Amicalola Falls, home to the tallest waterfall in the state, is one of the Georgia’s most popular state parks. Located northwest of Dawsonville and on the cusp of the North Georgia Mountains, the park is named after its most treasured feature, Amicalola Falls.
Amicalola is a Cherokee Indian word meaning ‘tumbling waters’ which is appropriate for the 729-foot waterfall, the third-highest cascading waterfall in the Southeast. – Georgia Department of Natural Resources
From the spectacular mountain views to the tumbling waters, visitors will enjoy breathtaking hikes during all seasons.
While there are numerous trails for shorter day hikes, Amicalola Falls State Park & Lodge offers an abundant of activities that can turn a day trip into a weekend adventure. Activities include ziplining, fishing, guided hikes, GPS scavenger hunts, bird shows and even 3-D archery. You can pack a lunch for a day hike and enjoy dinner with a view at the Maple Restaurant. From sleeping under the stars to a classic cabin or a mountain resort, there is a place for every guest to rest. With so much to do, be sure to check out the park’s map to help plan your trip. Pets are welcomed, but must remain on a leash not exceeding 6 feet in length.
HOURS: Amicalola Falls State Park is accessible year-round during daylight hours. The Visitor Center is open 8:30 a.m. – 5 p.m.
ADMISSION: $5 Daily ParkPass. You can also all buy an annual pass for $50.
By Carden Wyckoff, Disability Advocate freewheelinwithcarden.com
Parking: Accessible parking is located at all levels of the mountain. The Visitors Center is accessible by ramp to the left of the building.
Restrooms: Visitors will find restrooms located at the visitors center off to the right just beyond the park’s entrance. There is also an accessible single stall bathroom further up the mountain, near the entrance of the Appalachian Approach Trail. The bathrooms are not unisex. They contain handrails and in some cases a shower without a bench.
West Ridge Falls ADA Trail: After entering Amicalola Falls State Park, turn left and drive up the hill to the first small parking lot on the right for accessible parking. The ADA trail to see the falls begins at the end of this mid level parking lot. The trail curving through the woods is made of solid recycled rubber with a wooden handrail. It is about 0.3 miles long with a downhill slope and rated easy to moderate. Be careful of the edges and where the rubber has eroded. There are a few rough patches, but most are easy to maneuver around. This pathway is shaded heavily by the tree canopy. Once you arrive at the falls, the platform changes to grated metal. The smell is nature/fresh air. The air is moist and humid. Noises include people chattering, people walking, water rushing, cars driving, and the sound of metal clanging once you arrive at the viewing platform.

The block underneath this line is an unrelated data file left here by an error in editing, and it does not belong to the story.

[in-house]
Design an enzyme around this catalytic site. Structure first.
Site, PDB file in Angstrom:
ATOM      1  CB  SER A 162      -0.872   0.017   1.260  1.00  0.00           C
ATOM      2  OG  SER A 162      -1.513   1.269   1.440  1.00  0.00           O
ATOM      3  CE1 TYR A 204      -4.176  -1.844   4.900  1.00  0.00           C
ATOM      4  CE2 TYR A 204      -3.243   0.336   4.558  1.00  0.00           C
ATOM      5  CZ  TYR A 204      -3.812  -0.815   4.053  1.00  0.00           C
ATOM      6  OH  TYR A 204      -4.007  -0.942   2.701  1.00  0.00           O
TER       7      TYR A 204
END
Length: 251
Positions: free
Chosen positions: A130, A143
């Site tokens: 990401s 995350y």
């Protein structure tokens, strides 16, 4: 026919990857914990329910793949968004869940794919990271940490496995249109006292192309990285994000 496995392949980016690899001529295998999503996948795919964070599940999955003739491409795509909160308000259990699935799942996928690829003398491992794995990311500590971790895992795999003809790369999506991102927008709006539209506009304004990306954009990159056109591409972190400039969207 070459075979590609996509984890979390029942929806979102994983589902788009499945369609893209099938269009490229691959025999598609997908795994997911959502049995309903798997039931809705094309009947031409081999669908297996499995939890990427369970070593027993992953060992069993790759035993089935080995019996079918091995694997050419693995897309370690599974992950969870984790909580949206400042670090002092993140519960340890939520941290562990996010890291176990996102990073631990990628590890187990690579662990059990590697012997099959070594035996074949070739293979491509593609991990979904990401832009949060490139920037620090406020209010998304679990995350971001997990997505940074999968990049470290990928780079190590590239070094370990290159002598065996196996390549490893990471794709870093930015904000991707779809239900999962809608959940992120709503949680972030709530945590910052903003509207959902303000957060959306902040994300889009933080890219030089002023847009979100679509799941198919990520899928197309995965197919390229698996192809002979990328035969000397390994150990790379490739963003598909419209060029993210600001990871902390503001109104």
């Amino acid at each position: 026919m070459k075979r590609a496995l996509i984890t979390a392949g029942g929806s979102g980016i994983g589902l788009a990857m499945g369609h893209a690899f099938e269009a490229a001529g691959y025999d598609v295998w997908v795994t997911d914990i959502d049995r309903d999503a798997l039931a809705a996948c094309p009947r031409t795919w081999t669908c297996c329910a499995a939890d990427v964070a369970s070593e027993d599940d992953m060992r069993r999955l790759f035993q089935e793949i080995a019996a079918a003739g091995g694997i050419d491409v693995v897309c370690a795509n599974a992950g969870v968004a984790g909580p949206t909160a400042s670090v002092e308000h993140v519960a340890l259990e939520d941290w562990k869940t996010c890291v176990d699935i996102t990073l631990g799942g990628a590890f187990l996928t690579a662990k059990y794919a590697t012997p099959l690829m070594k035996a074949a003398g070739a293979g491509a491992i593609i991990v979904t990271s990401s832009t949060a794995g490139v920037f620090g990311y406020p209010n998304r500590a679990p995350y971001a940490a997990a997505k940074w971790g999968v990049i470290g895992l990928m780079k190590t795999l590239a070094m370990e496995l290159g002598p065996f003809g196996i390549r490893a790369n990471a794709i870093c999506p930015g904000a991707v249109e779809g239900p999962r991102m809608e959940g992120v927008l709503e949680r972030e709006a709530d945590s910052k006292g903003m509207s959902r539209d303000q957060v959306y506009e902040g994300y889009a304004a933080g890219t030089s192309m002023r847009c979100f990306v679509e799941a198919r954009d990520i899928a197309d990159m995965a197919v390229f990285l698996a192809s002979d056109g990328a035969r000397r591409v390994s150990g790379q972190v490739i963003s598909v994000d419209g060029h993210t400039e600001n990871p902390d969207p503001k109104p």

Top of Falls Overlook: If you continue driving up the mountain, you will see a sign for accessible parking on your right. Taking a right after the fork in the road will lead you to a parking lot with direct access to the top of the falls. The pathway is paved asphalt which turns into a wooden deck overlook.
Lodge Loop: At the very top of the main roadway, visitors will find a 0.25 mile, accessible trail near the lodge. It is rated easy with a paved surface and educational displays. The trail is lit for early morning and/or evening use.